Jeff Stevenson

Rugby league scrum-half
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The Independent Online

Jeffrey Stevenson, rugby league player: born Leeds, Yorkshire 15 May 1932; twice married; died York 13 October 2007.

Jeff Stevenson was a scrum-half of the highest quality for Leeds and other rugby league clubs and the last Great Britain captain to lift the Ashes on home soil. That moment came in 1959, when he led his country in the third Test against Australia at Central Park, where he set up the vital try in a one-point victory for Johnny Whiteley with a break from the scrum-base. Almost half a century later, no other British captain has matched the achievement of leading his side to a home series victory.

By that time, Stevenson was a York player, but most of his career was spent with his home-town club, Leeds. He had played for the club's B team as a teenager, but there were hints that he needed to grow a little bigger before progressing further in the game.

Stevenson disappeared briefly to play football and never did grow any taller than 5ft 5in or heavier than 9st 10lb. During his National Service, however, he contacted the club to tell them that he had been selected at scrum-half for the RAF and invite them to come and watch him if they were still interested. They did send a delegation to watch him play against the Army at Twickenham and in February 1952 he became a Leeds player, making his first-team début that April against Castleford.

Later that year, one of Leeds' great half-back pairings was forged, with the signing of the Welsh rugby union stand-off, Lewis Jones. On his début, in front of 17,000 at Headingley, it was Stevenson who stole the show in a 56-7 victory. He was the perfect foil for the Welshman, guiding him through his transition with his knowledge of the league code.

Despite his size, he was a ferocious tackler as well as an incisive attacker and creative ball-player. The highlight of his Leeds career came in 1957, when his long-range drop goal beat Whitehaven in the Challenge Cup semi-final at Odsal to take his side to Wembley.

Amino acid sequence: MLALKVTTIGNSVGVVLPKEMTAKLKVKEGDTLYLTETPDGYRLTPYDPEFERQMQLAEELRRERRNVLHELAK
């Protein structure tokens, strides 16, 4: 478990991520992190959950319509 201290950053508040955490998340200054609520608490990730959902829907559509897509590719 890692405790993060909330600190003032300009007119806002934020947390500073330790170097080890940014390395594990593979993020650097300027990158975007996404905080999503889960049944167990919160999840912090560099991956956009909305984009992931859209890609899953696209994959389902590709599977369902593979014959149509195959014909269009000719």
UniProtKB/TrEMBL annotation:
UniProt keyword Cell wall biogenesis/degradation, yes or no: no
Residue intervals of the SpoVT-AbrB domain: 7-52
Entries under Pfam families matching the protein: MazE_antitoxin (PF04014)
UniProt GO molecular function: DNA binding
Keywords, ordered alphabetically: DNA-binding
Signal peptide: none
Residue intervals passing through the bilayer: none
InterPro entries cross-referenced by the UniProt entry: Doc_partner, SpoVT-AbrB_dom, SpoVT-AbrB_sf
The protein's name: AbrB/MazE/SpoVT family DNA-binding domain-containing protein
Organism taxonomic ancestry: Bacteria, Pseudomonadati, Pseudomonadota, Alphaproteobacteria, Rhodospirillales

In the victory over Barrow, he became the first Leeds player to win the Lance Todd Trophy as man of the match in the final. The following year, he was again the key player as Leeds won the Yorkshire Cup for the first time in 21 years.

Stevenson's international career had begun in 1955, with the first of 15 consecutive Tests. That first series, against New Zealand, saw him score a 90-yard interception try that was evidence of another of his great assets – his speed off the mark.

There was widespread shock when he left Leeds in 1959, following a disagreement with the board, joining York for a then club record £7,500, having scored 67 tries in his 228 appearances. He finished his career with Hunslet in 1964, guiding the club to the Yorkshire Cup and the Second Division Championship and later running a pub in that area of the city, but it is as one of Leeds' finest half-backs of any era that he will be remembered.

There was a certain symmetry in the way that Stevenson died on the morning of Leeds' victory over St Helens in the Super League Grand Final, which the Rhinos' captain, Kevin Sinfield, dedicated to a man he called "a Leeds legend".

Dave Hadfield

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